With the NOTAM in hand and mostly memorized, we approached Ripon with high hopes for a smooth arrival and landing. After all, the 3 other times we have flown in there were never any issues. However, when we were less than 5 miles from Ripon we heard this on the radio: “Attention all traffic – the Oshkosh field is now closed to incoming traffic for the Bonanza mass arrival. Begin holding. This will be a LONG delay so divert to an alternate if you have low fuel.” Partly because we didn’t expect a long delay, and partly because the fuel at Dacey was so expensive, we didn’t fill the tank up. We were far from a fuel emergency, but didn’t have enough to hold for a “LONG delay.” We immediately turned to our alternate, Fon du Lac. As we got near and contacted the temporary control tower, we were out of luck again. Fon du Lac was where the Bonanza mass arrival was departing from, and were again told to divert due to “150 Bonanzas on the runway” (Certainly something you would only hear at AirVenture.)
We began looking for a third alternate, and located untowered Dodge County airport 23 nm away. The annoying thing about this section of our trip was that dozens of other aircraft were forced to do the same thing, and we were all inbound to Dodge County at the same time. One such aircraft had a stuck mic, so he was continually transmitting over everyone else trying to coordinate within the pattern. Eventually we all were able to communicate and land, and I must give props to the staff at Dodge County for the “refueling assembly line” they had created to deal with the sudden influx of frustrated aircraft.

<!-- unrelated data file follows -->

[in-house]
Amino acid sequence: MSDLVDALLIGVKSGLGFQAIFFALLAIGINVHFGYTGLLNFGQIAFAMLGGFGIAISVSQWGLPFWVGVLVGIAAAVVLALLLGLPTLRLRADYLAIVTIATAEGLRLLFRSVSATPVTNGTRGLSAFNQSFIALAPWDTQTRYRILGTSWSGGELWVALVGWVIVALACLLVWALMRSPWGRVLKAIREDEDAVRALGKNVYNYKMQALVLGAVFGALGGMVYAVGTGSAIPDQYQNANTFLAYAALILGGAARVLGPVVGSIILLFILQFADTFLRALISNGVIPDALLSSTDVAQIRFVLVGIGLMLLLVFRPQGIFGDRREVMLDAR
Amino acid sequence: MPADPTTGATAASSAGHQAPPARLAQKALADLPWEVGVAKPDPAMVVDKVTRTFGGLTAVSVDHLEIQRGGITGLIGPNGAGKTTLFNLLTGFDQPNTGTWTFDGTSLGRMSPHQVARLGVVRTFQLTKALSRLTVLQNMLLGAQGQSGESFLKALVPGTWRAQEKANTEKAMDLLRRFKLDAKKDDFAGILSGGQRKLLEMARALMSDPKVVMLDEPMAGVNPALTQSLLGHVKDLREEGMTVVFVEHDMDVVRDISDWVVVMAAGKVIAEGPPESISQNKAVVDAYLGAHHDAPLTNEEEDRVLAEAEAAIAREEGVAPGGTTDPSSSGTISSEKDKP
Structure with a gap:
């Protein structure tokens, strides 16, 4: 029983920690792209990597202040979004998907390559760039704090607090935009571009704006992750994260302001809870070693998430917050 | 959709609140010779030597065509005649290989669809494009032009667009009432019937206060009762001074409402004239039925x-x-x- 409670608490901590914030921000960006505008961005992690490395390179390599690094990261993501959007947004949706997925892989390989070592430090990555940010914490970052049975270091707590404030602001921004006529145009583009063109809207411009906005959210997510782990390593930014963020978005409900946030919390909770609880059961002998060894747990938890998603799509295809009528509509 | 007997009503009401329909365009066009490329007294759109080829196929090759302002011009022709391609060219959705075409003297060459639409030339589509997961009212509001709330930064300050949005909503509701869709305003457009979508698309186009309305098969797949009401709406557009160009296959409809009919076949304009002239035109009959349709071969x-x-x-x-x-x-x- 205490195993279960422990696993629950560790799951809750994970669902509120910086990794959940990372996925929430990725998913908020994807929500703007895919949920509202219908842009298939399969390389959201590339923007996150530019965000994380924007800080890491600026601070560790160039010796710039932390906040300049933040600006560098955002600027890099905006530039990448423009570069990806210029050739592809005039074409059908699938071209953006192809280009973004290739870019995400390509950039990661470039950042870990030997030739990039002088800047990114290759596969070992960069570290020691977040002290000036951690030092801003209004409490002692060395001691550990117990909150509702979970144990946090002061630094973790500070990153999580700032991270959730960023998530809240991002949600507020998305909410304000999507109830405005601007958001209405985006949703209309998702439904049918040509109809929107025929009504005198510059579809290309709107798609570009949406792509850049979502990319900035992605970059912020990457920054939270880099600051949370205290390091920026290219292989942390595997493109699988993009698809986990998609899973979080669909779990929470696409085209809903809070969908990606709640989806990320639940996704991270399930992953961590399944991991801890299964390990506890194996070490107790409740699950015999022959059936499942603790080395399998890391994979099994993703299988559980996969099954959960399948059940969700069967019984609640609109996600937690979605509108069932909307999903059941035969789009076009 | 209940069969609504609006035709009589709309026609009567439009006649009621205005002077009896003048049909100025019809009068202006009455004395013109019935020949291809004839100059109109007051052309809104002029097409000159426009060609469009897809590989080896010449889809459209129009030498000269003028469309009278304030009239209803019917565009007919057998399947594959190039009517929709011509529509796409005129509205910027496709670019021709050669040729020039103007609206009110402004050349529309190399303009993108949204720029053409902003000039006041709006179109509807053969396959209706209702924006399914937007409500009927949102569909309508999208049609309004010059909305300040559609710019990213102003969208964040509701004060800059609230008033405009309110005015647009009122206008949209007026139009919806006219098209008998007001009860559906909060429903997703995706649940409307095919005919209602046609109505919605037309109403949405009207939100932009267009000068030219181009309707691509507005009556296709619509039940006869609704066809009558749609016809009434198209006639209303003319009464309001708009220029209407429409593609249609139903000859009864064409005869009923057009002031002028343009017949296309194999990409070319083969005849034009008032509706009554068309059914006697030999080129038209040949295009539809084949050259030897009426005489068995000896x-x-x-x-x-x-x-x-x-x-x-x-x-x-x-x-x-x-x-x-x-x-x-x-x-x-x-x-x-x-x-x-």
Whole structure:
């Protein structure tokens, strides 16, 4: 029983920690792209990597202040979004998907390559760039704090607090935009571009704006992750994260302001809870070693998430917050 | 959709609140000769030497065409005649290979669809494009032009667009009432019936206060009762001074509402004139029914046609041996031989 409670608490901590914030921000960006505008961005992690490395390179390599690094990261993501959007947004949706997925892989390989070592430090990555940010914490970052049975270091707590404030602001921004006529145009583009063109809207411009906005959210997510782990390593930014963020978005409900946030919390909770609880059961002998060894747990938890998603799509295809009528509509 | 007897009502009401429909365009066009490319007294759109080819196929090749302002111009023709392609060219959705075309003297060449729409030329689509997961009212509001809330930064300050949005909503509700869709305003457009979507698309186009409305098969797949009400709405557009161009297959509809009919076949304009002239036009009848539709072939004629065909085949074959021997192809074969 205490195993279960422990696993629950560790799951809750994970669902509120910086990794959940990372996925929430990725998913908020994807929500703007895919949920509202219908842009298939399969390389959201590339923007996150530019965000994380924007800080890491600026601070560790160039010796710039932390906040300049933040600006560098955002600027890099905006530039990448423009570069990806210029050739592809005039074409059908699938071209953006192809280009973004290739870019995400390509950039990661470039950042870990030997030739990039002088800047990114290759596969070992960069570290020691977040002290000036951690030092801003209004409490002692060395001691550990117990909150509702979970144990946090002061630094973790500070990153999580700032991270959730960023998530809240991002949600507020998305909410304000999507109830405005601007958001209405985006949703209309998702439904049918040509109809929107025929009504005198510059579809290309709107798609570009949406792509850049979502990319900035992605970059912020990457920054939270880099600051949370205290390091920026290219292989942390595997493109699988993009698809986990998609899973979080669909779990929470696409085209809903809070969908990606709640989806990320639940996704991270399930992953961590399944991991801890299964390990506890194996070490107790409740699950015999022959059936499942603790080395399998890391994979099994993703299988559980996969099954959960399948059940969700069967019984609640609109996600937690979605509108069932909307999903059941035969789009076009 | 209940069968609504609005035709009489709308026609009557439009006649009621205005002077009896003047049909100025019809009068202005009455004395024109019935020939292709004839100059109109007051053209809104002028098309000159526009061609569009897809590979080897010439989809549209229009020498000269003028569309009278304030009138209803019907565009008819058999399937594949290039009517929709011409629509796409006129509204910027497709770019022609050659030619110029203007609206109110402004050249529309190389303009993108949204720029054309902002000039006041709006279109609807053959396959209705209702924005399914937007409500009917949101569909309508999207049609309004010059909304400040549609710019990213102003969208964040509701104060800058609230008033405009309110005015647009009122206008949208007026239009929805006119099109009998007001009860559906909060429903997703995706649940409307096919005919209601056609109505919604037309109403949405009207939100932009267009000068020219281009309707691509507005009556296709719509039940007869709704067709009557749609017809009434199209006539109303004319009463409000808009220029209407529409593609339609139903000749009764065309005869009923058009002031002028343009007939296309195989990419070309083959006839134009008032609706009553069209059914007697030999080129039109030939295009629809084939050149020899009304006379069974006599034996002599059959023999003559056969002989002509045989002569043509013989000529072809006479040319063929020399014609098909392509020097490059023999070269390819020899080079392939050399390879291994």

The whole FBO was full of pilots who had to divert. Several were on their phones calling every hotel in town only to find out they didn’t have any rooms available. We asked around for a bit about lodging but it appeared our only option in Dodge County was to set up our tent and camp out. With less than an hour left of daylight, we decided to try going back to Fon du Lac, where my father-in-law had found a hotel with open rooms.
We immediately took off, watching as others began pitching their tents on the airport below us. Thankfully Fon du Lac had cleared out the Bonanzas, and we were able to land there (behind a C-47!) and tie down for the night. We were generously given a ride to the hotel by a T-6 pilot who had the same misfortune as us while trying to enter Oshkosh. His wife had brought a camper up earlier in the week and she drove there to retrieve him. After some late-night pizza delivery, we were exhausted and got some rest before a second attempt to enter Oshkosh on Sunday.